Types of Contracts
A bilateral contract involves the exchange of reciprocal commitments between two parties in the form of an agreement. In other words, an offer is made when both parties express a meeting of the minds. Bilateral contracts require an unequivocal and unqualified acceptance to form an enforceable contract.
Like other legally enforceable contracts, bilateral contracts involve the exchange of consideration. The use of words, oral or written, express the intent of the parties to be bound. Each party in a bilateral contract has outstanding promises to be performed in the future.
In a unilateral contract, one party’s performance is considered as the exchange of consideration and acceptance of the offer. In this case, the offeror-promisor accepts the offer by beginning some kind of performance. For instance, if a grandmother promises to pay her grandson if he successfully quits smoking for one year, the grandson can begin his performance by stopping smoking.
When does a contractual agreement become void?
A void contract has no legal power from the beginning of its formation and is not legally enforceable by either party. Meanwhile, a contract is considered voidable, or invalid, if one party is disadvantaged according to contract law.
A legal contract can become voidable due to one party’s status as a minor, mental incapacity, or intoxication. In addition, contract terms are automatically void when they involve illegal activities, such as prostitution, or violate state laws or public policy.
When does the statute of frauds apply?
The statute of frauds acts as a defense to the enforcement of an underlying contract. Contrary to popular belief, the statute of frauds does not work as a valid enforcement in the majority of contract lawsuits.
When the statute of frauds is satisfied, parties of the contract can come to court to litigate the underlying contract. On the other hand, when the statute of frauds is not satisfied, the case is dismissed because the underlying legal document is a valid contract and can be legally enforced. The statute of frauds is most commonly applied in real estate transactions.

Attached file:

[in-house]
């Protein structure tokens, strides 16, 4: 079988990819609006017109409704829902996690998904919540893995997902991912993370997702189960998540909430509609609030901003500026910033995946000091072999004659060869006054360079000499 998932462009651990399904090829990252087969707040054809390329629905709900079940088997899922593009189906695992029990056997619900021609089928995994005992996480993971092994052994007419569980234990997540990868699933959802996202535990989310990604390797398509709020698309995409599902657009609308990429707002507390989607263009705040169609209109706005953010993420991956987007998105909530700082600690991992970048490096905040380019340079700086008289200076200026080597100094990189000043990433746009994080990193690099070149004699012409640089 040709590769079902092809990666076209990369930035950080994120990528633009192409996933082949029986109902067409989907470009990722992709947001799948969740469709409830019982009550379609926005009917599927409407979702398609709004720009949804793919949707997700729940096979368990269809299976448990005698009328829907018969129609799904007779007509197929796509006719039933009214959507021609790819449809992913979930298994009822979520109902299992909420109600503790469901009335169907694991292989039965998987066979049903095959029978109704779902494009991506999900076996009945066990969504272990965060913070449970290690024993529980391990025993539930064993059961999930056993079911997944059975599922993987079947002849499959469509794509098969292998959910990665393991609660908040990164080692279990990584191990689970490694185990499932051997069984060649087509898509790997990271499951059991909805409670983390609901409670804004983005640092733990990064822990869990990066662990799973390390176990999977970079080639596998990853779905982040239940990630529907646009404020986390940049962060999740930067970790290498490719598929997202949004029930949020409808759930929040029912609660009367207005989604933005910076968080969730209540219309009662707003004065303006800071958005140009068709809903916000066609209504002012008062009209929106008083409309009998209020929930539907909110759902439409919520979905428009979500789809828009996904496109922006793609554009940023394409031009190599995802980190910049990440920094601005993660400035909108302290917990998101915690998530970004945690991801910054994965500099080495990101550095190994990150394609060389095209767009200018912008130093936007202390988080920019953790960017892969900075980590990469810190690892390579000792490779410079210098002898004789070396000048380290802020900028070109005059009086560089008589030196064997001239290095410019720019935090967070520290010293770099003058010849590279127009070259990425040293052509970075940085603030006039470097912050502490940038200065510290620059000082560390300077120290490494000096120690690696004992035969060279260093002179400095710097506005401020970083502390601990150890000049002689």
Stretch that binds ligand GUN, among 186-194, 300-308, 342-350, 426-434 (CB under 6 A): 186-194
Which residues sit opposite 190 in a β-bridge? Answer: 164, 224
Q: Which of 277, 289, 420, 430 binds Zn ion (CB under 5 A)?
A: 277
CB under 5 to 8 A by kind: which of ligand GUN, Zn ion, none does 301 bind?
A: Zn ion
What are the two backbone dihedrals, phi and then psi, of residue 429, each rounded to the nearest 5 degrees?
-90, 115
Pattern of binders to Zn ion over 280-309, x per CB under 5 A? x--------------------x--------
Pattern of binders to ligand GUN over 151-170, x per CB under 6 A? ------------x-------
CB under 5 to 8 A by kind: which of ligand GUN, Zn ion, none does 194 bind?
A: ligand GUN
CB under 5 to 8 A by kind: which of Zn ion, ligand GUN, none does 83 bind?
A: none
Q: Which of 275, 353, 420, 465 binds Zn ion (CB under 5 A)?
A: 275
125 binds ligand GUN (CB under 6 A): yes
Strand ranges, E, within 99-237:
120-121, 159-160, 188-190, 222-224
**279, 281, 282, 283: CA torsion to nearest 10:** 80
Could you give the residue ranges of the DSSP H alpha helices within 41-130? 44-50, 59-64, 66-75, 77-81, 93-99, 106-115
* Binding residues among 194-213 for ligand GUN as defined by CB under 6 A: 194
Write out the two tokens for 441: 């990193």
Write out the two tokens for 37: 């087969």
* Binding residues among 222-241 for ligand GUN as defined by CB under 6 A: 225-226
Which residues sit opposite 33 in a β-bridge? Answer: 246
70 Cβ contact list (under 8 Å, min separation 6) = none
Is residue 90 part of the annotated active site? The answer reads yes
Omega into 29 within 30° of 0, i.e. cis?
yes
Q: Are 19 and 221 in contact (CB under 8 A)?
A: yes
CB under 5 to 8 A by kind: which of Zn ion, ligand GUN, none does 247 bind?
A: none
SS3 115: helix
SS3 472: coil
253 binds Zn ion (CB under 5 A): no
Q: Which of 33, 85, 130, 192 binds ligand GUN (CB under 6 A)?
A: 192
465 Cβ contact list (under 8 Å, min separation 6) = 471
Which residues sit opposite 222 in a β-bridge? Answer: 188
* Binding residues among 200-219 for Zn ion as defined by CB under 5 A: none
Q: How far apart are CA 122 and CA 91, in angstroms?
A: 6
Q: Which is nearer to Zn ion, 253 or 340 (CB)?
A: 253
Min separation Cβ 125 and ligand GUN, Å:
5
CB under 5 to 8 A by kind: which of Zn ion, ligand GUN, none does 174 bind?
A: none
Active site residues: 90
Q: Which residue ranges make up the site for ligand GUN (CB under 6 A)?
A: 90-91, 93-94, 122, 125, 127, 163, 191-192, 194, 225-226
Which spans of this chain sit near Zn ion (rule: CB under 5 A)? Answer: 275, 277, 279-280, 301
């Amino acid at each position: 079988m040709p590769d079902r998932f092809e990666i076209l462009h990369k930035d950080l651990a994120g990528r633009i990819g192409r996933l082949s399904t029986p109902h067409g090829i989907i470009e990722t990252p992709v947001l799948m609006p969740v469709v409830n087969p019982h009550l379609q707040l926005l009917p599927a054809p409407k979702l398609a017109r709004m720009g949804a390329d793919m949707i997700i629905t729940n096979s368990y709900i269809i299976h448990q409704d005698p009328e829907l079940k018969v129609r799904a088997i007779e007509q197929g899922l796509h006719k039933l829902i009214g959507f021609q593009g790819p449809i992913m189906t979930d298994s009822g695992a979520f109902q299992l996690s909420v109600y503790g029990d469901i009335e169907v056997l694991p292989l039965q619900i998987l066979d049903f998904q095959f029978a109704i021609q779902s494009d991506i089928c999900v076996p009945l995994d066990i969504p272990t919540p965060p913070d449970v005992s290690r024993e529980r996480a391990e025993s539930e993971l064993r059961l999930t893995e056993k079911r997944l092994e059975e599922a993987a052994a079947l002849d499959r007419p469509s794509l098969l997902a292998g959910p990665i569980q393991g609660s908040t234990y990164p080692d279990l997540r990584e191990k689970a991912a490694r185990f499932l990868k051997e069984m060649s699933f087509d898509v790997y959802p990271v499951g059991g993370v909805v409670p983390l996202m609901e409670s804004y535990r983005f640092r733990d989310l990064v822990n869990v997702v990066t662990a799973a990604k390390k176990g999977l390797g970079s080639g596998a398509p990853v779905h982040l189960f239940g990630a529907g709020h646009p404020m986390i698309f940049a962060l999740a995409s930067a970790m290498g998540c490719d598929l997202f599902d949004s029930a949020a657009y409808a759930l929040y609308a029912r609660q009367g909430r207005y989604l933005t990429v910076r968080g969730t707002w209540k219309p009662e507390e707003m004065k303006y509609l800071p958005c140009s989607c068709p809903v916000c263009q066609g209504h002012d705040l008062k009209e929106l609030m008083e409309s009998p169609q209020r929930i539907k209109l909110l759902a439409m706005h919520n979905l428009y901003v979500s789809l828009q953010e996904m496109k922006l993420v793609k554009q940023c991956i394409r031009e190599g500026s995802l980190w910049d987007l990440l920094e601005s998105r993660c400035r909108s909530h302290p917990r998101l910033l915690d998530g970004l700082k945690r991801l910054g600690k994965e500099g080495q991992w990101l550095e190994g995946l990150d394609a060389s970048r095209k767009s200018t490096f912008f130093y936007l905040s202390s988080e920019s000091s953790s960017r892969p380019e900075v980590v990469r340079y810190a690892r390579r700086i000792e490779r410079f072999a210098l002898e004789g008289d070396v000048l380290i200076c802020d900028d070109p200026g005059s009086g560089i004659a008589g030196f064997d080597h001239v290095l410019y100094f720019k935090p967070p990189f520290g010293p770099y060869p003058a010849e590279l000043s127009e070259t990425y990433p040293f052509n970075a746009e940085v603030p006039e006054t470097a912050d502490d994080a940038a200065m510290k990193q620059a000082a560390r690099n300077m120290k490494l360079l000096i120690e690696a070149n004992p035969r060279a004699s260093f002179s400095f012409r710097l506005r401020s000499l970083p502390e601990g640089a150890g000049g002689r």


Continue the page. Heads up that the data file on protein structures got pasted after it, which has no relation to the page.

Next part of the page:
To determine whether a contract satisfies the statute, the court of law first asks whether the terms of the agreement are in writing. Legal documents must be signed to establish a clear relationship between parties. In most cases, an oral contract will not satisfy the statute of frauds.
In addition, the legal document must be signed by the party to be charged, or the breaching party. The terms of the offer are not enforceable against the party that did not sign (typically the plaintiff).
Modifying a Contract
When both parties still intend to perform their contractual duties, a modification is made to an existing contract. Modifying the terms of the contract under common contract law is considered an attempt to keep the contract together.
Common modifications include changes to the payment terms of a contract or the arbitrator. To modify a contract, a new consideration exchange must be present.
When is a contract breached?
The breach of a contract involves any complication of nonperformance when performance is legally due under the contract terms. When a legally enforceable contract is breached, the injured party may enlist the help of a lawyer referral service to determine whether they are entitled to damages.
If you suspect that contract terms have been breached, seek adequate assurance from the suspected breaching party. Under contract law, the defendant is required to supply reasonable assurance in the form of writing for the contract to remain valid. If you fail to receive assurance from the breaching party, you have the legal capacity to declare the contract as void and sue.
Although learning legalese can seem boring and tedious, understanding the basics of what makes a legally enforceable contract is key to determining when further legal advice is required. If you encounter lots of contracts or business agreements on a daily basis, understanding legalese can help you avoid liability.